Reform, and Controversy

ALBANY—Senator Eric Schneiderman said the rules reforms adopted last night are "without peer," but they won't change anything in the Capitol immediately.

Possibly the most interesting rule is the petition for consideration, under which a bill languishing in committee could be moved to the active list (and, as such, to a floor vote) if 38 of the chamber's 62 members sign a petition asking as much.

But there are two preconditions: first, the bill would have to be introduced to a committee for at least 45 days, and the petition must take place before the first Monday in June.

Essentially this means leaders cannot sit on any piece of legislation that has a comfortable majority of bipartisan support.

"Our intention is for it to open up the process," Schneiderman said. "I think this forces lobbyists to deal with individual senators instead of just dealing with the leaders to kill or move legislation."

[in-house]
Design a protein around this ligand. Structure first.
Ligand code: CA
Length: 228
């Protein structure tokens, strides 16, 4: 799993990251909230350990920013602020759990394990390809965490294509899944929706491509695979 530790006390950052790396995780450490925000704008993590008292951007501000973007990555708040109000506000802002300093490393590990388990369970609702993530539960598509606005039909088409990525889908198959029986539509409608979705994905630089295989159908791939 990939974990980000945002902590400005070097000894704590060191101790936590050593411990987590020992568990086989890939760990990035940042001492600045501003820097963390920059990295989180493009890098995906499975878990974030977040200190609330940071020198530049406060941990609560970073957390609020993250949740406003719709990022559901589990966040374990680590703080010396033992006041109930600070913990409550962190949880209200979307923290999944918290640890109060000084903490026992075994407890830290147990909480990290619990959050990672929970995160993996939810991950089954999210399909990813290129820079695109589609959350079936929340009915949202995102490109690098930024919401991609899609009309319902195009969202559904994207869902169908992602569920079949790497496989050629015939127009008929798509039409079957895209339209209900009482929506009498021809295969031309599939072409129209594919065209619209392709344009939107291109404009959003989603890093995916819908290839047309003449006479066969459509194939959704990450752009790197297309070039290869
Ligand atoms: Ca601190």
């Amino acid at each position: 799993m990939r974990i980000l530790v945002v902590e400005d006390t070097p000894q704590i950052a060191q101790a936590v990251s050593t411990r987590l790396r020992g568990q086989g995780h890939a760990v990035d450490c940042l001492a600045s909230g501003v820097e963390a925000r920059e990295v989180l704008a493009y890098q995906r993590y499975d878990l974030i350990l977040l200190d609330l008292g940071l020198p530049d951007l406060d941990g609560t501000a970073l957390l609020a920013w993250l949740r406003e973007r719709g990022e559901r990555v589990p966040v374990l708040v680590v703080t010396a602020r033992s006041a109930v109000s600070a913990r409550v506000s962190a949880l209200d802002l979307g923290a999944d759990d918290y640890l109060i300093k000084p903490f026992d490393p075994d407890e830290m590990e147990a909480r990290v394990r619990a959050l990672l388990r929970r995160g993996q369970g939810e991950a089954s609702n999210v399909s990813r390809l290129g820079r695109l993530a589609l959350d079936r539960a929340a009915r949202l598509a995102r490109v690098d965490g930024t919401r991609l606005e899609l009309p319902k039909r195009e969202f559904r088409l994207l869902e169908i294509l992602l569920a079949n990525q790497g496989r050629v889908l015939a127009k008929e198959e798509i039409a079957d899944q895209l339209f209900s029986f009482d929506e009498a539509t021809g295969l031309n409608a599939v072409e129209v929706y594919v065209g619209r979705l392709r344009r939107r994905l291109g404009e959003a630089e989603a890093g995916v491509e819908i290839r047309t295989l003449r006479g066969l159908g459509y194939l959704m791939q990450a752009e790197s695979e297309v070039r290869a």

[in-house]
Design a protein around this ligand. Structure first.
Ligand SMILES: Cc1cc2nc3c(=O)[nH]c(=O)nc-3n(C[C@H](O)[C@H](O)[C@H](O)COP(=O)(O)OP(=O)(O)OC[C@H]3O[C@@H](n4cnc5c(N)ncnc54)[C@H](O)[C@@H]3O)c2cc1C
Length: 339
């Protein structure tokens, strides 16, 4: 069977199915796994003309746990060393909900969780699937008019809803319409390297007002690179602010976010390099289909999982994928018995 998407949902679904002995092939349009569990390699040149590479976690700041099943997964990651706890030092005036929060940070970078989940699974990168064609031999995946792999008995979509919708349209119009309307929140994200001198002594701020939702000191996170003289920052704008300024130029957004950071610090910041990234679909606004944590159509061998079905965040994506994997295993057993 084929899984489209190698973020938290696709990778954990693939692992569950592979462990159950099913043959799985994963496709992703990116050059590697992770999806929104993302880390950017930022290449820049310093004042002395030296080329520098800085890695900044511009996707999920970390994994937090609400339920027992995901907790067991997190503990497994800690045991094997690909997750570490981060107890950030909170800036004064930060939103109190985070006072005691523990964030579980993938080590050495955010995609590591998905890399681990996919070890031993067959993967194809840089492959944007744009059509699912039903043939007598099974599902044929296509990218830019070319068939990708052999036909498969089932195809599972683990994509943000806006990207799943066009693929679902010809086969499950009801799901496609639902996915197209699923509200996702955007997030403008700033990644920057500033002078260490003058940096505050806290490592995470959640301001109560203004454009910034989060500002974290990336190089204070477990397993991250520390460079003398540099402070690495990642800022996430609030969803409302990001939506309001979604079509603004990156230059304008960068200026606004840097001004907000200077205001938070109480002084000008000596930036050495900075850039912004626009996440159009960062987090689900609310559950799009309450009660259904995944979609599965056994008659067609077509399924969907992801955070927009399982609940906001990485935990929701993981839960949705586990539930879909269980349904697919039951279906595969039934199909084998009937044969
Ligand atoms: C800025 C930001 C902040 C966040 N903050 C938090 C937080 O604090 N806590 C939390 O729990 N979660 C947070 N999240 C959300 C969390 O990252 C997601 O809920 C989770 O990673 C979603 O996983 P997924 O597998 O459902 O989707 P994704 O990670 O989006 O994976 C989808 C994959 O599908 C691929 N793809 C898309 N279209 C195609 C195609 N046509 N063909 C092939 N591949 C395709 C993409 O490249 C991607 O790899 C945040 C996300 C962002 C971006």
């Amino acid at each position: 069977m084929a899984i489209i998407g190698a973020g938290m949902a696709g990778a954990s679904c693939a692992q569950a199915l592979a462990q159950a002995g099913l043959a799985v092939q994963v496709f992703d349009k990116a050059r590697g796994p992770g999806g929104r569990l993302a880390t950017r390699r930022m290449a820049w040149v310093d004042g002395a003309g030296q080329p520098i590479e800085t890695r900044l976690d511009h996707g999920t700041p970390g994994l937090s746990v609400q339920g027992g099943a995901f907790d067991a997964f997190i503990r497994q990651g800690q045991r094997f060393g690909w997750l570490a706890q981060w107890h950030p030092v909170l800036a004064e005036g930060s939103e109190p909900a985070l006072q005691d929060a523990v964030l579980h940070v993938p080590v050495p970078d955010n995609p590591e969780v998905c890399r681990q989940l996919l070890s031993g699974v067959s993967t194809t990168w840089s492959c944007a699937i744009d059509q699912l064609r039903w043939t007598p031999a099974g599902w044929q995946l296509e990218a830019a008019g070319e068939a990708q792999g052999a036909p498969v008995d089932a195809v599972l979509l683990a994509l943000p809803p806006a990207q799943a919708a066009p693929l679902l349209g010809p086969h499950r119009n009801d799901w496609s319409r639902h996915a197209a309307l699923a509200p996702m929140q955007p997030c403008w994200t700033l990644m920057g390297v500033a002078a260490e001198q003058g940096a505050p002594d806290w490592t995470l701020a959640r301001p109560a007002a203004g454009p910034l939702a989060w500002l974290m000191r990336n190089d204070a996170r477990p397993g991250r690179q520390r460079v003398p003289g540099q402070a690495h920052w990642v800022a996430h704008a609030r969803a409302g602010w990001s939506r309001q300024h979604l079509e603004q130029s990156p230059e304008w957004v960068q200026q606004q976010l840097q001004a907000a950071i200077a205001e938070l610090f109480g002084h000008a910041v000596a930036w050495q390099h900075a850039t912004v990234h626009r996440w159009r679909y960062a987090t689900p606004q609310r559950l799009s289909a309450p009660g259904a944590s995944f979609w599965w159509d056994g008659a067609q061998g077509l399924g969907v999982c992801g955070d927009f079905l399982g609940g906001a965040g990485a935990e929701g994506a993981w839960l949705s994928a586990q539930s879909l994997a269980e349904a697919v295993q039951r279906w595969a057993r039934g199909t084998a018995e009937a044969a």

But due to the June cutoff, none of these changes to move legislation will take effect until next year. This means they won't be able to aid proponents of things like a reauthorization of mayoral school control or same-sex marriage. Republican leader Dean Skelos earlier talked about the "spirit of reform" to stop Democrats from "holding hostage" school governance legislation.
Senators from both parties–except Kevin Parker, a Brooklyn Democrat who voted against the measure–have been praising the new rules, but reform groups are more hesitant. The Brennan Center's counsel Lawrence Norden said the measures are "significant progress" but that more needs to be done. A joint statement by the Citizens Union, NYPIRG, Common Cause and the League of Women Voters took a similar position. They said the petition for consideration should have a lower threshold–32 members–and were also upset that "the rules codify an inequitable distribution of resources between the two conferences." Reform, and Controversy